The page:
Version 3 and 4: In the upper division baccalaureate degree category, 3 semester hours in Insurance or Legal Studies (1/75) (5/85 revalidation) (5/90 revalidation) (12/97 revalidation) (6/02 revalidation). *NOTE: Earlier versions of this course, dating from January 1965 to May 1989, have been recommended for credit. Please consult the 1990 print Directory for further information or contact NCCRS NOTE: This course overlaps in content with both Legal Aspects of Life and Health Insurance - U.S. (LOMA 310) and Business Law for Financial Services Professionals (LOMA 311). Credit is recommended for the completion of only one course.

Location:
Independent study and proficiency examination program administered from the central offices of LOMA.
Length:

Varies-independent study.

Dates:

Version 3: June 1989 - May 1997.* Version 4: June 1997 - December 2004.

Objectives:

Version 3: Students will be able to: describe and apply the legal principles pertinent to life and health insurance company products and life and health insurance company operations. Version 4: Students will be able to: explain the functions of insurance regulations, administrative rules, and statutory requirements; define contract law and the concept of agency; describe the legal basis for essential insurance functions, including beneficiary designations and changes, settlement agreements, wills, trusts, assignments, policy contests, and reinstatement; identify common errors in policy handling and customer relationships.

Instruction:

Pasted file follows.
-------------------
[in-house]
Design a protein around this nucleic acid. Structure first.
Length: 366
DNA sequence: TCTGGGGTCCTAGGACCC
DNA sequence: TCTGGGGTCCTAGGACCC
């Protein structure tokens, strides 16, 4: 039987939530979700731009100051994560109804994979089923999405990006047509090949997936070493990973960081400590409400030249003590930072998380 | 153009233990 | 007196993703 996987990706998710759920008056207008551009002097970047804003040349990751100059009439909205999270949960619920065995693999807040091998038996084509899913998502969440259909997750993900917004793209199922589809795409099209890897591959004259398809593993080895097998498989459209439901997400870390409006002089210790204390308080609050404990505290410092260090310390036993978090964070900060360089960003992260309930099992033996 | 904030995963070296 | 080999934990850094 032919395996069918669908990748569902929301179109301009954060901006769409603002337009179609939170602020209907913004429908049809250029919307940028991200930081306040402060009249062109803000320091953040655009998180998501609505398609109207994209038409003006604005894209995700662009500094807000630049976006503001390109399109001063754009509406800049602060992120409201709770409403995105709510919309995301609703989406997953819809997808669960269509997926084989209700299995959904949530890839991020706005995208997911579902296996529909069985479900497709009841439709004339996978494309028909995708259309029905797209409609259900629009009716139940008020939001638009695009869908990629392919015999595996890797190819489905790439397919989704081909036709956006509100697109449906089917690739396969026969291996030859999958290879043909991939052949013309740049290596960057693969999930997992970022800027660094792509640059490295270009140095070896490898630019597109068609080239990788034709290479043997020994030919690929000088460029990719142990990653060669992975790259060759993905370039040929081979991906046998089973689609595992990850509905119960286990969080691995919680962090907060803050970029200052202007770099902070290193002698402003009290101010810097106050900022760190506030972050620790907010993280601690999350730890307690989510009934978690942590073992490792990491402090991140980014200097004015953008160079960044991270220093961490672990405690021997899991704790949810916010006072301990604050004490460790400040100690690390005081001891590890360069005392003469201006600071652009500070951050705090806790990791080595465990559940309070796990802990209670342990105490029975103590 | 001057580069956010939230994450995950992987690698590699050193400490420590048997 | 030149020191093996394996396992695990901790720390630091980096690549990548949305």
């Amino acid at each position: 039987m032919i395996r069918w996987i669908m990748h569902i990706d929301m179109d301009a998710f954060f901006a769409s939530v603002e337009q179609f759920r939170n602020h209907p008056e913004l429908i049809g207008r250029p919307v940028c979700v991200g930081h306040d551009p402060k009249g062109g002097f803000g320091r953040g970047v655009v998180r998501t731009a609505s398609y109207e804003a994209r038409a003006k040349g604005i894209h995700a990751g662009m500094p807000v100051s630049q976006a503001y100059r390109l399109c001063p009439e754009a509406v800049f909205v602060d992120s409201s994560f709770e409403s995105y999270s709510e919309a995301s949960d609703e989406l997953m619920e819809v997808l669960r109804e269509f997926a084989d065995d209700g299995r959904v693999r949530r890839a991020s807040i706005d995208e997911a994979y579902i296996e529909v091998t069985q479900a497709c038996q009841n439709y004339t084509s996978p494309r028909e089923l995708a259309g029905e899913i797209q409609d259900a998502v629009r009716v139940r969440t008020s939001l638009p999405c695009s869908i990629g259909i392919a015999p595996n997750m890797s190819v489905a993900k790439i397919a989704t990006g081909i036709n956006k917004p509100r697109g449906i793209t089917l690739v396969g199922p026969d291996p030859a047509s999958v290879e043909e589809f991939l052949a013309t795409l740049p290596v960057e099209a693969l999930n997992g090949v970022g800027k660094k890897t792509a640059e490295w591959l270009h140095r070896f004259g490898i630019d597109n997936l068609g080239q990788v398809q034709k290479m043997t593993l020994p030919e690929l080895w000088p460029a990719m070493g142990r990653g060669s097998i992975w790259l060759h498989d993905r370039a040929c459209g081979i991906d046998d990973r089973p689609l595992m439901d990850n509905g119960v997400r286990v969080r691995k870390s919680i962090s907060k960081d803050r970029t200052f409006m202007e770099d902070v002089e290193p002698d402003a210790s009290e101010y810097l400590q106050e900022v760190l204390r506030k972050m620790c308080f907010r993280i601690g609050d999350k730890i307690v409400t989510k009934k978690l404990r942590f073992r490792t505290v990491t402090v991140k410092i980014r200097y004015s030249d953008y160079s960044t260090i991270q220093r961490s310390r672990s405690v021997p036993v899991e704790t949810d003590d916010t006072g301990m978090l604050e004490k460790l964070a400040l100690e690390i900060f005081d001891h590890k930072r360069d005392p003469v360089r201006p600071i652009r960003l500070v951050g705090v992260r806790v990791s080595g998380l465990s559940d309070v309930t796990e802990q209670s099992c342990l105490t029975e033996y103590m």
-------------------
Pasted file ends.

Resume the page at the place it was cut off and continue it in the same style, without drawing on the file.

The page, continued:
Version 3: Major topics include: Insurance and the law; contracts; agency; legal and equitable remedies; formation and structure of the life insurance contract; beneficiaries; property rights in the policy; agreements, trusts, and wills; contesting the contract; premiums and dividends; borrowing on the policy; assignments and other transfers; lapse and reinstatement; group insurance; life and health insurance advertising; privacy and insurance; employment discrimination. Version 4: The legal environment; contracts and agency; life and health insurance agency; waiver and estoppel; formation and structure of a life insurance policy; policy provisions, benefits, and limitations; property rights in a life insurance policy; beneficiary designations and changes; settlement options, trusts, and wills; premiums and dividends; non-forfeiture provisions and policy loans; assignments and other transfers; lapse and reinstatement; remedies, policy contests, and contract performance; group insurance and health insurance; annuity contracts; insurance advertising and privacy; insurers and agents as employers.